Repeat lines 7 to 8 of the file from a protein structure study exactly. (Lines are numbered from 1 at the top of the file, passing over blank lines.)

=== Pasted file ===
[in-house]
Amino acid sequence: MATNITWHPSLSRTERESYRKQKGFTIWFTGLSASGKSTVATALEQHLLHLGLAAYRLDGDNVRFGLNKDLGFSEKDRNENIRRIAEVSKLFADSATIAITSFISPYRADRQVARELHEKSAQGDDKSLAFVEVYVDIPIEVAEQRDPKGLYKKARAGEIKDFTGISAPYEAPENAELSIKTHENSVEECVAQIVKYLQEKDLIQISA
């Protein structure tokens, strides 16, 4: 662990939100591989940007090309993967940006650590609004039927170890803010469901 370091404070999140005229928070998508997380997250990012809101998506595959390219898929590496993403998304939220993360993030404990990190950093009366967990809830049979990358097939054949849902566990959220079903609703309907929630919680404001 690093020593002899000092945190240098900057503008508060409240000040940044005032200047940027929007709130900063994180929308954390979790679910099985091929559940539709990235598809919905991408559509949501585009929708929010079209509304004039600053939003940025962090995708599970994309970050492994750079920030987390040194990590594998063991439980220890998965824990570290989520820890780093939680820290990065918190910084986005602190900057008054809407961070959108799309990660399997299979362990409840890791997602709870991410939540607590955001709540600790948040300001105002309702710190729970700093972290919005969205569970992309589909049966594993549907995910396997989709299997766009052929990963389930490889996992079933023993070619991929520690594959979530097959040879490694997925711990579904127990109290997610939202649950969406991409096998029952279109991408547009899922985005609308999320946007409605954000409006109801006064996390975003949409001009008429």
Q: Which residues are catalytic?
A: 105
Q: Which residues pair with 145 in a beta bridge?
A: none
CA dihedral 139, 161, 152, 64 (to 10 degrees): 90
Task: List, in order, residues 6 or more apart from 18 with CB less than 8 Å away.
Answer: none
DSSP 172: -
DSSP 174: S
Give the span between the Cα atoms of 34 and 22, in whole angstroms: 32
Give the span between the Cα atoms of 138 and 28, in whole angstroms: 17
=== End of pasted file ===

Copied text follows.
A: none
CA dihedral 139, 161, 152, 64 (to 10 degrees): 90